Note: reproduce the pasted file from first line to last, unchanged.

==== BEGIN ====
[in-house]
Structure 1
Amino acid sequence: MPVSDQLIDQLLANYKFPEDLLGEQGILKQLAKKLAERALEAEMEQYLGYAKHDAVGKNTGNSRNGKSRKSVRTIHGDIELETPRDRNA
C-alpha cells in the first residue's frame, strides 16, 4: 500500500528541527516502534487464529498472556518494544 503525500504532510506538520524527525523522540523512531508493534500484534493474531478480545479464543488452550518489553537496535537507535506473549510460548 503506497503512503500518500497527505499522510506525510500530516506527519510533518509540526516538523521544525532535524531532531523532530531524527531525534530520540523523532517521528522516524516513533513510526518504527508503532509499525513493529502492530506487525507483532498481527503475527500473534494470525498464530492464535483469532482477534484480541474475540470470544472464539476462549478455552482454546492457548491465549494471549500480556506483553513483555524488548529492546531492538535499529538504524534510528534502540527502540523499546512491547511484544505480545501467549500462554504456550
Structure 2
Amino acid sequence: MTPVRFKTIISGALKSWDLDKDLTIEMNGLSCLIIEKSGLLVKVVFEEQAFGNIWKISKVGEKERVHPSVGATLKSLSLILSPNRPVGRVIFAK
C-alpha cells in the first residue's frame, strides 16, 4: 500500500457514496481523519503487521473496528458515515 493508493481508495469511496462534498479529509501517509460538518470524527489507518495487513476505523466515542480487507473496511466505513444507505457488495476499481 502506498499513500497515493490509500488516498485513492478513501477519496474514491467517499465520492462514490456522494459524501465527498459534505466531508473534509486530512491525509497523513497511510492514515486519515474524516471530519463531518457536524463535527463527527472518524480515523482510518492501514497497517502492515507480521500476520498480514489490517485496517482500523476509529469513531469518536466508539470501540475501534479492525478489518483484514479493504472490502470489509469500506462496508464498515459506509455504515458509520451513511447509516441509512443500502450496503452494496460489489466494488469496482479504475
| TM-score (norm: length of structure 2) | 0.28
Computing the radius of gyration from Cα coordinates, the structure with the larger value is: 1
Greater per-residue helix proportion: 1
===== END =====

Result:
[in-house]
Structure 1
Amino acid sequence: MPVSDQLIDQLLANYKFPEDLLGEQGILKQLAKKLAERALEAEMEQYLGYAKHDAVGKNTGNSRNGKSRKSVRTIHGDIELETPRDRNA
C-alpha cells in the first residue's frame, strides 16, 4: 500500500528541527516502534487464529498472556518494544 503525500504532510506538520524527525523522540523512531508493534500484534493474531478480545479464543488452550518489553537496535537507535506473549510460548 503506497503512503500518500497527505499522510506525510500530516506527519510533518509540526516538523521544525532535524531532531523532530531524527531525534530520540523523532517521528522516524516513533513510526518504527508503532509499525513493529502492530506487525507483532498481527503475527500473534494470525498464530492464535483469532482477534484480541474475540470470544472464539476462549478455552482454546492457548491465549494471549500480556506483553513483555524488548529492546531492538535499529538504524534510528534502540527502540523499546512491547511484544505480545501467549500462554504456550
Structure 2
Amino acid sequence: MTPVRFKTIISGALKSWDLDKDLTIEMNGLSCLIIEKSGLLVKVVFEEQAFGNIWKISKVGEKERVHPSVGATLKSLSLILSPNRPVGRVIFAK
C-alpha cells in the first residue's frame, strides 16, 4: 500500500457514496481523519503487521473496528458515515 493508493481508495469511496462534498479529509501517509460538518470524527489507518495487513476505523466515542480487507473496511466505513444507505457488495476499481 502506498499513500497515493490509500488516498485513492478513501477519496474514491467517499465520492462514490456522494459524501465527498459534505466531508473534509486530512491525509497523513497511510492514515486519515474524516471530519463531518457536524463535527463527527472518524480515523482510518492501514497497517502492515507480521500476520498480514489490517485496517482500523476509529469513531469518536466508539470501540475501534479492525478489518483484514479493504472490502470489509469500506462496508464498515459506509455504515458509520451513511447509516441509512443500502450496503452494496460489489466494488469496482479504475
| TM-score (norm: length of structure 2) | 0.28
Computing the radius of gyration from Cα coordinates, the structure with the larger value is: 1
Greater per-residue helix proportion: 1